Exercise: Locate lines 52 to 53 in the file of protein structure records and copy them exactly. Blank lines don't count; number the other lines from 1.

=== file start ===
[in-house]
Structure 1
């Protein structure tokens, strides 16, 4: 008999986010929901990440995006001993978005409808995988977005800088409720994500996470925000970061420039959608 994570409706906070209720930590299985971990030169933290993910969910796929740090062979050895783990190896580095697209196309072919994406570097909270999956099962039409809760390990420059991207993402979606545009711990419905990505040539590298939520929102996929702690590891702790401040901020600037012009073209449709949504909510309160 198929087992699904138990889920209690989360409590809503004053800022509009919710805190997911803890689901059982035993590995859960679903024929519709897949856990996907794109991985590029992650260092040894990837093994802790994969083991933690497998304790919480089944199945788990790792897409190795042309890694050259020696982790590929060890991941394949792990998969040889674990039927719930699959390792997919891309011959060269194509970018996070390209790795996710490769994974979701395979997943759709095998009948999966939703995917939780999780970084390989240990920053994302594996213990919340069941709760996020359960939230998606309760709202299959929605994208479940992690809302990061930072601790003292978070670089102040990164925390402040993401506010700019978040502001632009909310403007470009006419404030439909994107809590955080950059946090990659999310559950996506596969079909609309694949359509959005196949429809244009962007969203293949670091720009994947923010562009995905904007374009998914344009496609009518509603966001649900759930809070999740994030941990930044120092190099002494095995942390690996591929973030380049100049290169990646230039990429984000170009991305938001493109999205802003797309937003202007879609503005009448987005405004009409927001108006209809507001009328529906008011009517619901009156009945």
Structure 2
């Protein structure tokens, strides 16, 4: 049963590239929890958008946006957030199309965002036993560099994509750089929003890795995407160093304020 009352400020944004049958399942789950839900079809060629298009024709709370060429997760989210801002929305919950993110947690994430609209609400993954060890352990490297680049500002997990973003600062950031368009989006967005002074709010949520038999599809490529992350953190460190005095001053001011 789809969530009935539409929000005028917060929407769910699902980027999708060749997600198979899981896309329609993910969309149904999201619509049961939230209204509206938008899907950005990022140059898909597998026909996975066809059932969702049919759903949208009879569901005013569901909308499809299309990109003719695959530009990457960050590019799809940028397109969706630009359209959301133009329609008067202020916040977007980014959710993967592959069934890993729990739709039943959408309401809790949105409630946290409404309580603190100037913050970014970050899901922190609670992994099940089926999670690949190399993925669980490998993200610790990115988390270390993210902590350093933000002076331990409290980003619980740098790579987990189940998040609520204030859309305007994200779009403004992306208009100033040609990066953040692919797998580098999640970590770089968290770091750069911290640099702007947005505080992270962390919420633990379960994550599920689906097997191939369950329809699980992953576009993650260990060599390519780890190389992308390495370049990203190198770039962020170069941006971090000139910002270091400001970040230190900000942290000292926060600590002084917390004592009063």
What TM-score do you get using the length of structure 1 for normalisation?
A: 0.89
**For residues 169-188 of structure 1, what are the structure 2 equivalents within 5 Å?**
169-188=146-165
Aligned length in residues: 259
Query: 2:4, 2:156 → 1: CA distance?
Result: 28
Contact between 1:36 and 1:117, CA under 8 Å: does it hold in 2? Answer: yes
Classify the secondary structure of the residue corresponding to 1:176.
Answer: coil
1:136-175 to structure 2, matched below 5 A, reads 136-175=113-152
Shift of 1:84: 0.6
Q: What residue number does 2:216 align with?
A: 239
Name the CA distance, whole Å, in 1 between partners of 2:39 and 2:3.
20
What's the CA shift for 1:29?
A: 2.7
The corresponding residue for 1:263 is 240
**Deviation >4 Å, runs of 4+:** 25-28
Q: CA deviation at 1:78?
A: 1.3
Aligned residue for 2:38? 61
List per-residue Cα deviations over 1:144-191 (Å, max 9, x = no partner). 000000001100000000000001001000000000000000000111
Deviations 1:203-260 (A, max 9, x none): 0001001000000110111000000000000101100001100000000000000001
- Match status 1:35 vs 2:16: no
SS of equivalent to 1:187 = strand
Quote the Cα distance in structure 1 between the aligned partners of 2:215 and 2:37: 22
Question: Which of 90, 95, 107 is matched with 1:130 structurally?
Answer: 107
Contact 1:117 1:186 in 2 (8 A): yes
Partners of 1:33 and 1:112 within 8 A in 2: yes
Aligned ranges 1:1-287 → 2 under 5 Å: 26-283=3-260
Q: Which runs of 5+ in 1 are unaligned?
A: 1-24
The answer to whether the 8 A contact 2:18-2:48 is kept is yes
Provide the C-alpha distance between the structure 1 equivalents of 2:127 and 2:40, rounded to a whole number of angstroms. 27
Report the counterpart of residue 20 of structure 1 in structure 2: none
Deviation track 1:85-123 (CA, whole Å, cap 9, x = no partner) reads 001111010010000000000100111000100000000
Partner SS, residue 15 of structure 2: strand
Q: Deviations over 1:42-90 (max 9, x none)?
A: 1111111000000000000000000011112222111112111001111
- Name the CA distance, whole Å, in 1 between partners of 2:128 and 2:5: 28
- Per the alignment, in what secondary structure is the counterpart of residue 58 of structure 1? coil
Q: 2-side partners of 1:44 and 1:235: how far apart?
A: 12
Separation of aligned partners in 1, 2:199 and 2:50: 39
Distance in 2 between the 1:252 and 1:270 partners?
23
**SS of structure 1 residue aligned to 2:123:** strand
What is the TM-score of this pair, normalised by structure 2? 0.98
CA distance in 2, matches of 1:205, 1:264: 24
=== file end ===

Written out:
Separation of aligned partners in 1, 2:199 and 2:50: 39
Distance in 2 between the 1:252 and 1:270 partners?